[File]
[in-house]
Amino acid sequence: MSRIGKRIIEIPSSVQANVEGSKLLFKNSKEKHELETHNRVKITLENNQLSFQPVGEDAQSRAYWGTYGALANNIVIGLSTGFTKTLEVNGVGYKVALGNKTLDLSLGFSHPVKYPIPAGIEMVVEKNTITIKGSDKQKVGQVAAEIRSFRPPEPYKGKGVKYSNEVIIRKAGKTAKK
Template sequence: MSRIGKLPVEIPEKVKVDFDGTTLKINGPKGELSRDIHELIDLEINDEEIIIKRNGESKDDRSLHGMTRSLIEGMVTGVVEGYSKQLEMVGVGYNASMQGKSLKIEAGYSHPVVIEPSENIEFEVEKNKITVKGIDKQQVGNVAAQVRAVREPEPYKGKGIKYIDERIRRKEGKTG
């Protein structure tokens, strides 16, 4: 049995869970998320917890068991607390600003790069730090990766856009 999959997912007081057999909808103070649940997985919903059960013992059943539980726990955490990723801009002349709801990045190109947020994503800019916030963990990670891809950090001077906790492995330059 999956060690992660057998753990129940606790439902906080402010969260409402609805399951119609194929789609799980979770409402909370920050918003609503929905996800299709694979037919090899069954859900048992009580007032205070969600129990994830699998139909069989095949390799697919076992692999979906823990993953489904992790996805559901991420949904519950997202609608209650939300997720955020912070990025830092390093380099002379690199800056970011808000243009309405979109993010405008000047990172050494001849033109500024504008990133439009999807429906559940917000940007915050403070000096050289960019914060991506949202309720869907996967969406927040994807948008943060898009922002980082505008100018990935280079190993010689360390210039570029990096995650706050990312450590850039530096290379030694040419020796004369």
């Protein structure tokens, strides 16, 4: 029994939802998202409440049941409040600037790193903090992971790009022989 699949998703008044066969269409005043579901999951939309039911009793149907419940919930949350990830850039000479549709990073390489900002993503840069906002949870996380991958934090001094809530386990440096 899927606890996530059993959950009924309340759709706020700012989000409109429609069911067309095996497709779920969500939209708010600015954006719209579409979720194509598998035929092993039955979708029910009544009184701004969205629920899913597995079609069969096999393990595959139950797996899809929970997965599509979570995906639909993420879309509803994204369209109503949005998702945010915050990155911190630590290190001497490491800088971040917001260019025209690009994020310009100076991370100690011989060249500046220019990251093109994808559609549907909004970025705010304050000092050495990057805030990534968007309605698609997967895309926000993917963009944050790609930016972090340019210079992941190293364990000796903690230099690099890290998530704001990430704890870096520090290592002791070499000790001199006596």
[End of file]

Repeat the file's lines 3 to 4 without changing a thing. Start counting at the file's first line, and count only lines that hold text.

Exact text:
Template sequence: MSRIGKLPVEIPEKVKVDFDGTTLKINGPKGELSRDIHELIDLEINDEEIIIKRNGESKDDRSLHGMTRSLIEGMVTGVVEGYSKQLEMVGVGYNASMQGKSLKIEAGYSHPVVIEPSENIEFEVEKNKITVKGIDKQQVGNVAAQVRAVREPEPYKGKGIKYIDERIRRKEGKTG
């Protein structure tokens, strides 16, 4: 049995869970998320917890068991607390600003790069730090990766856009 999959997912007081057999909808103070649940997985919903059960013992059943539980726990955490990723801009002349709801990045190109947020994503800019916030963990990670891809950090001077906790492995330059 999956060690992660057998753990129940606790439902906080402010969260409402609805399951119609194929789609799980979770409402909370920050918003609503929905996800299709694979037919090899069954859900048992009580007032205070969600129990994830699998139909069989095949390799697919076992692999979906823990993953489904992790996805559901991420949904519950997202609608209650939300997720955020912070990025830092390093380099002379690199800056970011808000243009309405979109993010405008000047990172050494001849033109500024504008990133439009999807429906559940917000940007915050403070000096050289960019914060991506949202309720869907996967969406927040994807948008943060898009922002980082505008100018990935280079190993010689360390210039570029990096995650706050990312450590850039530096290379030694040419020796004369």